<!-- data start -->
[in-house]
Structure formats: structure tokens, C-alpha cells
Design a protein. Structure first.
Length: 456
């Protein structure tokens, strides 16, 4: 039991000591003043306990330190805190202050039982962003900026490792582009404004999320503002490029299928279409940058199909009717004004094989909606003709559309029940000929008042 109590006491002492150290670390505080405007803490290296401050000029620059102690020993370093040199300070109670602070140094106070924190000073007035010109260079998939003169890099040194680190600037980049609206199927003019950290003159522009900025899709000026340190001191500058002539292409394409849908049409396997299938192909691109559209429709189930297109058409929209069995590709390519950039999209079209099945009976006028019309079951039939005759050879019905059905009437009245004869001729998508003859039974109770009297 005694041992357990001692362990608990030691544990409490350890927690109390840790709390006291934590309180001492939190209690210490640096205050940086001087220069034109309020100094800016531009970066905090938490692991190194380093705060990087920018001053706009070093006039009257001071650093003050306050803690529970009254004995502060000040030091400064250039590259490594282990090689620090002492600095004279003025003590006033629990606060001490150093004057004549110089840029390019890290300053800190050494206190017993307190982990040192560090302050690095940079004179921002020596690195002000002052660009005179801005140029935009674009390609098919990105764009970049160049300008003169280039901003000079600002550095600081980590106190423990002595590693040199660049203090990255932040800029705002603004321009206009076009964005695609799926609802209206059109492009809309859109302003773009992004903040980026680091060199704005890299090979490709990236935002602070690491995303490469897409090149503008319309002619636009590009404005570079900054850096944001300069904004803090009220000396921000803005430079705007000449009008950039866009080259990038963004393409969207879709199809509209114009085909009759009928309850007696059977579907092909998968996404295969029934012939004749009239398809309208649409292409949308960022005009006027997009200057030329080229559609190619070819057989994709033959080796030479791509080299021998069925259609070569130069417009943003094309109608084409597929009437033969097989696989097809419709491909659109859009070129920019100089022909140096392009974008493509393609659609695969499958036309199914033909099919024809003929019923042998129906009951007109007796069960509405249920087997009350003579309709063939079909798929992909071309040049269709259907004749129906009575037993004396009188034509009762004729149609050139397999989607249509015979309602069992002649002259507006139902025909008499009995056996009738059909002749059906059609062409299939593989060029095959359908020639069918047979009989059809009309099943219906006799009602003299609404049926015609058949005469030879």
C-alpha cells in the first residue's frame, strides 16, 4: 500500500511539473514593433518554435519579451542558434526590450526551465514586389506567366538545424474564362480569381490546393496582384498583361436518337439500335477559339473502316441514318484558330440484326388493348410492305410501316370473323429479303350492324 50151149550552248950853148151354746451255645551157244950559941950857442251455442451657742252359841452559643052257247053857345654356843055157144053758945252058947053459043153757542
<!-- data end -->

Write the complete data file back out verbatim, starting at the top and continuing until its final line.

[in-house]
Structure formats: structure tokens, C-alpha cells
Design a protein. Structure first.
Length: 456
């Protein structure tokens, strides 16, 4: 039991000591003043306990330190805190202050039982962003900026490792582009404004999320503002490029299928279409940058199909009717004004094989909606003709559309029940000929008042 109590006491002492150290670390505080405007803490290296401050000029620059102690020993370093040199300070109670602070140094106070924190000073007035010109260079998939003169890099040194680190600037980049609206199927003019950290003159522009900025899709000026340190001191500058002539292409394409849908049409396997299938192909691109559209429709189930297109058409929209069995590709390519950039999209079209099945009976006028019309079951039939005759050879019905059905009437009245004869001729998508003859039974109770009297 005694041992357990001692362990608990030691544990409490350890927690109390840790709390006291934590309180001492939190209690210490640096205050940086001087220069034109309020100094800016531009970066905090938490692991190194380093705060990087920018001053706009070093006039009257001071650093003050306050803690529970009254004995502060000040030091400064250039590259490594282990090689620090002492600095004279003025003590006033629990606060001490150093004057004549110089840029390019890290300053800190050494206190017993307190982990040192560090302050690095940079004179921002020596690195002000002052660009005179801005140029935009674009390609098919990105764009970049160049300008003169280039901003000079600002550095600081980590106190423990002595590693040199660049203090990255932040800029705002603004321009206009076009964005695609799926609802209206059109492009809309859109302003773009992004903040980026680091060199704005890299090979490709990236935002602070690491995303490469897409090149503008319309002619636009590009404005570079900054850096944001300069904004803090009220000396921000803005430079705007000449009008950039866009080259990038963004393409969207879709199809509209114009085909009759009928309850007696059977579907092909998968996404295969029934012939004749009239398809309208649409292409949308960022005009006027997009200057030329080229559609190619070819057989994709033959080796030479791509080299021998069925259609070569130069417009943003094309109608084409597929009437033969097989696989097809419709491909659109859009070129920019100089022909140096392009974008493509393609659609695969499958036309199914033909099919024809003929019923042998129906009951007109007796069960509405249920087997009350003579309709063939079909798929992909071309040049269709259907004749129906009575037993004396009188034509009762004729149609050139397999989607249509015979309602069992002649002259507006139902025909008499009995056996009738059909002749059906059609062409299939593989060029095959359908020639069918047979009989059809009309099943219906006799009602003299609404049926015609058949005469030879």
C-alpha cells in the first residue's frame, strides 16, 4: 500500500511539473514593433518554435519579451542558434526590450526551465514586389506567366538545424474564362480569381490546393496582384498583361436518337439500335477559339473502316441514318484558330440484326388493348410492305410501316370473323429479303350492324 50151149550552248950853148151354746451255645551157244950559941950857442251455442451657742252359841452559643052257247053857345654356843055157144053758945252058947053459043153757542